Charlemagne: Uniting Europe in the Medieval Period - Essay Sample

Paper Type:  Essay
Pages:  4
Wordcount:  939 Words
Date:  2023-04-06


Also identified as "Charles the Great", Charlemagne was a great ruler during the medieval period whose rule extended over a large part of Western Europe and lasted for about 56 years. Charlemagne served as the Frankish king, a Germanic ethnic group in what is today Netherlands, Belgium, France, Switzerland, and Luxembourg (Sullivan, n.p). One of the outstanding achievements by Charlemagne includes the ability to unite a wider part of Europe, especially by restoring the Roman Empire and being its first ruler, as well as overseeing intellectual and cultural resurgence. Under his rule, Charlemagne took an interest in scholarship, an element that saw him order his children and grandchildren to seek education (Nelson, 129). He also used scholars to promote art at the court and for self-education. This paper provides a detailed discussion of why Charlemagne maintained a large group of scholars in his court.

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Reasons for Having Many Scholars

Before his rule during the Carolingian Renaissance, Western Europe had been characterized by a period of sluggishness and corruption in art and intellectual development. Charlemagne sought to change the situation and bring something new in these fields. As a result, he brought many scholars to his courts in an attempt and aspiration to revive artistic intelligence and literacy nourishment in the kingdom (Davis, 15). He wanted to use the scholars to make Rome the center of recovery for the lost pride in philosophical writings, architecture, and art. Due to the need to recover the works of ancient scholars, Charlemagne entitled the new scholars with the responsibility of transcribing ancient works.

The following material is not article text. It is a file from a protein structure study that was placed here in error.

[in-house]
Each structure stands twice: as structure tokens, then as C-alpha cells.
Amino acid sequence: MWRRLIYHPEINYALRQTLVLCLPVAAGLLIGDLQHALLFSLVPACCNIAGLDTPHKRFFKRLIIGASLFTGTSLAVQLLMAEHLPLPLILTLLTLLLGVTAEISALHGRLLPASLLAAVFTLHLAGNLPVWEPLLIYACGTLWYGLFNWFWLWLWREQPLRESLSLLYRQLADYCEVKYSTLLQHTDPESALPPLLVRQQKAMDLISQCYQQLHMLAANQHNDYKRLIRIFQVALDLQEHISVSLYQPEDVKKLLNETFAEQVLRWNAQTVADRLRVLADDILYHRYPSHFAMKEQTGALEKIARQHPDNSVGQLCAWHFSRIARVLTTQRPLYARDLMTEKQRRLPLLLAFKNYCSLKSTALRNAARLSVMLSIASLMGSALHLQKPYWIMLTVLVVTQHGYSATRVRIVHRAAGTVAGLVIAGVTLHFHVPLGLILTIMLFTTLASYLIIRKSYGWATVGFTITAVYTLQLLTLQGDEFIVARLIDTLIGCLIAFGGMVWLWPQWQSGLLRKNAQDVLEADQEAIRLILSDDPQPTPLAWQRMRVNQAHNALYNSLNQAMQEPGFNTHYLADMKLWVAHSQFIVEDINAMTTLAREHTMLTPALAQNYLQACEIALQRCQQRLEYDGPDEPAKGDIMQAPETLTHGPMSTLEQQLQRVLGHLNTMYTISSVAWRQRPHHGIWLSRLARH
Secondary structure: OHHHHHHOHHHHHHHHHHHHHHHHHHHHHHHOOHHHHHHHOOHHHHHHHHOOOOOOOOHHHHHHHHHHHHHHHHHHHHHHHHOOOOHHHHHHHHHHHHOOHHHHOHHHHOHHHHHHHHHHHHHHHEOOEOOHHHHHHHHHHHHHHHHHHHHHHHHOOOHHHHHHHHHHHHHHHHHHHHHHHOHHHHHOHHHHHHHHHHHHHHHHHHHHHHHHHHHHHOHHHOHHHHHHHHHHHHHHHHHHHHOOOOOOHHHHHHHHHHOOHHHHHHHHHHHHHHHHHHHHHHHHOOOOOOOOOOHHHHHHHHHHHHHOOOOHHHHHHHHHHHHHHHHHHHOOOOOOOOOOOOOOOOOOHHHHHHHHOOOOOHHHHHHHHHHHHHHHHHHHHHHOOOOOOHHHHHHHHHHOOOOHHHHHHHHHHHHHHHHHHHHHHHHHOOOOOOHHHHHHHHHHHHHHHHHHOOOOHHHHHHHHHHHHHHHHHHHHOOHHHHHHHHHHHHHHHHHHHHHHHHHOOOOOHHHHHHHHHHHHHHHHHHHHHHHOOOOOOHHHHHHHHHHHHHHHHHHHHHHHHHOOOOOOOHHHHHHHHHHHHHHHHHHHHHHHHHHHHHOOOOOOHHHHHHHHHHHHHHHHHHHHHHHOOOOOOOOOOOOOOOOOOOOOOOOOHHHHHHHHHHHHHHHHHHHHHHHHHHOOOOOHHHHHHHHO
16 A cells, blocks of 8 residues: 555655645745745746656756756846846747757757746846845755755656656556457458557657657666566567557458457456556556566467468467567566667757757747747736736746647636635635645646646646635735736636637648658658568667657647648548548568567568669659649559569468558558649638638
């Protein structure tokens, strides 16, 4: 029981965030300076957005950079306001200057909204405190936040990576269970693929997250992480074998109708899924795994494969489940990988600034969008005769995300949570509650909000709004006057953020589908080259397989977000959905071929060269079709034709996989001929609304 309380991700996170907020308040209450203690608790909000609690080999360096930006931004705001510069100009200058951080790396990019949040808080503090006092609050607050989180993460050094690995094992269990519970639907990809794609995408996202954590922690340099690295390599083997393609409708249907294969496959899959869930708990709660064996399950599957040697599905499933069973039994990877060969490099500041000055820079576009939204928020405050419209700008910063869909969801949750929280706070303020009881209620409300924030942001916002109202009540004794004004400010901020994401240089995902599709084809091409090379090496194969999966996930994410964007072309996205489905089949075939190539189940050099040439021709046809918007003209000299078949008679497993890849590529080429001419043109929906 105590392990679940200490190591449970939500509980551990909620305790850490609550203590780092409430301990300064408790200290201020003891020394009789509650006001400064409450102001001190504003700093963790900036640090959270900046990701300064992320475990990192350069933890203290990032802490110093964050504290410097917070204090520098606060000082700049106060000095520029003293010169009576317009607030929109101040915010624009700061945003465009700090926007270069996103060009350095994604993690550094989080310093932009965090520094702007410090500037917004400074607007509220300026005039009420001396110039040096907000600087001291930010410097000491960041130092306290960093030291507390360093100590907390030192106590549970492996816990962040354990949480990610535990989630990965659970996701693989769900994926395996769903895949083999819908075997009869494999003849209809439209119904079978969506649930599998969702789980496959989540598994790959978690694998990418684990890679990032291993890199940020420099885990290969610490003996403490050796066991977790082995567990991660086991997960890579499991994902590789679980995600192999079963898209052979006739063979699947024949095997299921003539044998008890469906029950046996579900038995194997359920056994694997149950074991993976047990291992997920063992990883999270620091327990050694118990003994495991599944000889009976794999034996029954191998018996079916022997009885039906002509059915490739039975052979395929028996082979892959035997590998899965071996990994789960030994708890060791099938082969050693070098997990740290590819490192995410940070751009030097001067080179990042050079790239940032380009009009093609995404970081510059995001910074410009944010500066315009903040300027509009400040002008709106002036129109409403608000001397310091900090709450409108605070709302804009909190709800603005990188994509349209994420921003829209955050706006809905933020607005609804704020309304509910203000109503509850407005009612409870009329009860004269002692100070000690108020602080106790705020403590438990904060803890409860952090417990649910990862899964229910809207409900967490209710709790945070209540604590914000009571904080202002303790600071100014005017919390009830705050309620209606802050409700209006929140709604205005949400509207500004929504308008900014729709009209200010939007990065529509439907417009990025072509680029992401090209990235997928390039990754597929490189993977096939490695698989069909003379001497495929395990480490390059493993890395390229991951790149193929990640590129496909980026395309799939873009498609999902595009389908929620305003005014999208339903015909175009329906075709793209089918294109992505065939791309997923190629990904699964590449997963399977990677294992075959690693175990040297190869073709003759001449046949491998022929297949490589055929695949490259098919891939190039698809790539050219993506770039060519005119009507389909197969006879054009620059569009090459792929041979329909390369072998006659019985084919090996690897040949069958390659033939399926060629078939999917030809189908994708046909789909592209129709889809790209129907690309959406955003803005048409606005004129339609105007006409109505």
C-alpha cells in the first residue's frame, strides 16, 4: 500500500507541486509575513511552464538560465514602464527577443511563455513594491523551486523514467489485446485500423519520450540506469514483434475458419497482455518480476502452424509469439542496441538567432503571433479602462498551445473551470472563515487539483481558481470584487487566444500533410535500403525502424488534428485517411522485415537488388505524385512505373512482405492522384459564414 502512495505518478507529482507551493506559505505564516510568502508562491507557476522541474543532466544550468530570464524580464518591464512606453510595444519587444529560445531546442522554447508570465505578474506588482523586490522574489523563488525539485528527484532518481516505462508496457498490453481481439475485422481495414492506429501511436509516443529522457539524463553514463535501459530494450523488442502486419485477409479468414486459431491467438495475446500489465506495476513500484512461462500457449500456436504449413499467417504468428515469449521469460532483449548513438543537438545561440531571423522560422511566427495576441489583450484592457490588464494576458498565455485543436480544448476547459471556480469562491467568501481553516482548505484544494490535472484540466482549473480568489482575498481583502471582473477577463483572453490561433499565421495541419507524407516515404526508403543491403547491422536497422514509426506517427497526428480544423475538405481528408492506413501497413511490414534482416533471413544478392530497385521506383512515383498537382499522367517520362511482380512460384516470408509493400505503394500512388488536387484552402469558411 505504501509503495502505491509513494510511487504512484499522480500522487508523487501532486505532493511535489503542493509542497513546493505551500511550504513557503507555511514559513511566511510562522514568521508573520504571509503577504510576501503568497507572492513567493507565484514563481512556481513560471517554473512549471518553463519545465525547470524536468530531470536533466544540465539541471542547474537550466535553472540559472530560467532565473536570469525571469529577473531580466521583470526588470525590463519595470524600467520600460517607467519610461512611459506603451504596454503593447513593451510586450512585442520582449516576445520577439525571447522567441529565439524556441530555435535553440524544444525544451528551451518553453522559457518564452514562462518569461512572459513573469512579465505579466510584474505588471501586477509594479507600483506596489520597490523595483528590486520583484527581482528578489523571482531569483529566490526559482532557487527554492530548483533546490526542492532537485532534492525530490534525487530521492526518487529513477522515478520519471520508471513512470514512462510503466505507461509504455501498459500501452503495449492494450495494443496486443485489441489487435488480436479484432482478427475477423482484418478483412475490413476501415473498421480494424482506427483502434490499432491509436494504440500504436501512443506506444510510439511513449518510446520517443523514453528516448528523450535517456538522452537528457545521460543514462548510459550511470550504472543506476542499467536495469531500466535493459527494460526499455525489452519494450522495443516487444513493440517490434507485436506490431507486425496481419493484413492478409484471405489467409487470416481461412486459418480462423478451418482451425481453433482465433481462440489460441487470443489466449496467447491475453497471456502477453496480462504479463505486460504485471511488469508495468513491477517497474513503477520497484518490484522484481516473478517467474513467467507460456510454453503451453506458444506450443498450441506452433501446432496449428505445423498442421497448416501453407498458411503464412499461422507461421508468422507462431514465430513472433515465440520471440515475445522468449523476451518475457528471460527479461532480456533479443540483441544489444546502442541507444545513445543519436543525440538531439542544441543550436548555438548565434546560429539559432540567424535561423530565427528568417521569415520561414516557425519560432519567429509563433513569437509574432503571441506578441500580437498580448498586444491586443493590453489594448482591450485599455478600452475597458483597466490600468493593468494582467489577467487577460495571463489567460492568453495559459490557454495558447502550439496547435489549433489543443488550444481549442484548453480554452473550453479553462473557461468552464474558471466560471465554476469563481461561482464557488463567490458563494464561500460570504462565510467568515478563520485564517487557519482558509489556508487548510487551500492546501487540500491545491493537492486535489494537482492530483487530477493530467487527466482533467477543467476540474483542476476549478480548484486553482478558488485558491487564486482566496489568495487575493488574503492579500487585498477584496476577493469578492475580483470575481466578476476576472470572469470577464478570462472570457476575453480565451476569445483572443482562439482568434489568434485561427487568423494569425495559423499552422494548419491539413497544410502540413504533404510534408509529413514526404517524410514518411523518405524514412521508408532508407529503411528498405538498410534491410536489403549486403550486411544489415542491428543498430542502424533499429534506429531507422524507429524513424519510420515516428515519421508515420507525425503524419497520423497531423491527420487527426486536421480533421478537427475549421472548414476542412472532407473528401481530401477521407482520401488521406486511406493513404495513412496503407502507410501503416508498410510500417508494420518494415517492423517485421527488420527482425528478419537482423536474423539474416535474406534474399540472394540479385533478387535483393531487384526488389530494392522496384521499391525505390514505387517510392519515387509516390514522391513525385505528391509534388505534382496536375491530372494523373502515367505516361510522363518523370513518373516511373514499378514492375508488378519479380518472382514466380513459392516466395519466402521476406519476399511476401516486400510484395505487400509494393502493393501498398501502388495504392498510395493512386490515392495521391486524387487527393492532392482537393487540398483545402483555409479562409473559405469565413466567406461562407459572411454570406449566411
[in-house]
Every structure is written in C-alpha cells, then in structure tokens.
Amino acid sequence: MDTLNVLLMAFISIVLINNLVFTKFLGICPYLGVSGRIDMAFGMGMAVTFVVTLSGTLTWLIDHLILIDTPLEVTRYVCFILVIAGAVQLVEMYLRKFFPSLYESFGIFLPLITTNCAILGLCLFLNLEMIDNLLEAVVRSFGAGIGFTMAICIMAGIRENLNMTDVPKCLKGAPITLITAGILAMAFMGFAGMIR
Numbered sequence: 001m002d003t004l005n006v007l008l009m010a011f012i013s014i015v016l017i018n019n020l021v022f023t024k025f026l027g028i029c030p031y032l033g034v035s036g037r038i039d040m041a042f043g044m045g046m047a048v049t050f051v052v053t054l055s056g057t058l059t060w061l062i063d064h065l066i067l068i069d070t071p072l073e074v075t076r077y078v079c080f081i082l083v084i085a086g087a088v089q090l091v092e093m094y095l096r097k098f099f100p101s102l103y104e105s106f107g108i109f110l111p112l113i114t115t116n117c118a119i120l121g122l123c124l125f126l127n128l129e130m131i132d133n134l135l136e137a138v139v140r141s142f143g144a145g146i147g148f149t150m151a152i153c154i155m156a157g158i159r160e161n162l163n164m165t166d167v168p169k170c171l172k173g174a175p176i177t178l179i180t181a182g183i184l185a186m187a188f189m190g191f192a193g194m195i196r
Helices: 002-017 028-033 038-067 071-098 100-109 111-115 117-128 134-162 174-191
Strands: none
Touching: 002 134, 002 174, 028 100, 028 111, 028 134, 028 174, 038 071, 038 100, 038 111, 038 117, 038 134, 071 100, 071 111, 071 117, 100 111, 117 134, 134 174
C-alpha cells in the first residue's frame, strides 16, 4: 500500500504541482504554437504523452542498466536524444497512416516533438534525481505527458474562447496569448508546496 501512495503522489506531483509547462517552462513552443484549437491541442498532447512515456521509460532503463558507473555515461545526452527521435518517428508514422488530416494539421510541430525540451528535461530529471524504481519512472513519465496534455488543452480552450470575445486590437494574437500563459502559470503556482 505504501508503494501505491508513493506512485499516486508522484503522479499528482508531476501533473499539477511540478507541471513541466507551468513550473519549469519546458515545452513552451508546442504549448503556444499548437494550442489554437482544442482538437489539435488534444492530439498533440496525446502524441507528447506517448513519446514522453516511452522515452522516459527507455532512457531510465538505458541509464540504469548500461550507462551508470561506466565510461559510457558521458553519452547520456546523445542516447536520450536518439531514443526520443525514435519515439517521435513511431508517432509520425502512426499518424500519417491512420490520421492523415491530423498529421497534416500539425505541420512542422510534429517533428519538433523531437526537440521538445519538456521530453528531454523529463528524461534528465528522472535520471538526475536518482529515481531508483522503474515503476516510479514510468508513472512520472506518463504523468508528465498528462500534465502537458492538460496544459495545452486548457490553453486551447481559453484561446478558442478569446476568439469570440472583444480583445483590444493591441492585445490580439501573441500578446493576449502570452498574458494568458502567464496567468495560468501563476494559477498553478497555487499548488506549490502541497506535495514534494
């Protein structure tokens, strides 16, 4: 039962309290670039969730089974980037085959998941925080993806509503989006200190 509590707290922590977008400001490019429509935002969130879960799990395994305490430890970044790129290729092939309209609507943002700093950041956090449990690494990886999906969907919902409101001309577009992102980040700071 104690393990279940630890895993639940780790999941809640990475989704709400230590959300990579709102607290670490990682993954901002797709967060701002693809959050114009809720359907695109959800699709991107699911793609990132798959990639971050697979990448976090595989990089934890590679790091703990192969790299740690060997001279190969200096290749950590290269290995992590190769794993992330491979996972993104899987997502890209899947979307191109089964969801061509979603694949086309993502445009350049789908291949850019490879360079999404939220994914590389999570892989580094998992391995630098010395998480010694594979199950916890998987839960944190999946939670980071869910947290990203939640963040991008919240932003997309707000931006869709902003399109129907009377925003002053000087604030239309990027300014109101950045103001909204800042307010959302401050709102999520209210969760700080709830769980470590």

The scholars would also play a crucial role in developing written documents, which was meant to expand communication between the local government units and his court, especially when dealing with administrative issues. The scholars developed and propagated the new Carolingian minuscule style of writing, which played a vital role in simplifying copying and writing (Winsor, 7). The scholars in Charlemagne's court were responsible for writing and dispatching his capitularies all over the kingdom to inform the residents about his resolve and how the kingdom programs would be performed. Moreover, Charlemagne wanted to use the scholars to expand the curriculum in the kingdom to offer a comprehensive education founded on the customary liberal arts.

Charlemagne's administered Western Europe through the church, and his rule was felt across an extensive territory. The monks and priests would ensure his administration was felt at the lowest level and who would report to him directly. However, these monks and priests were just laymen and who only spent their lives in handling basic religious activities and common society issues (Winsor, 3). In ensuring effective governance, Charlemagne had to use the scholars to educate these monks and priests in the monasteries. Charlemagne hired a large group of scholars to educate these church leaders on how to govern the territory, collect taxes, with the local population as well as communicate with his subjects.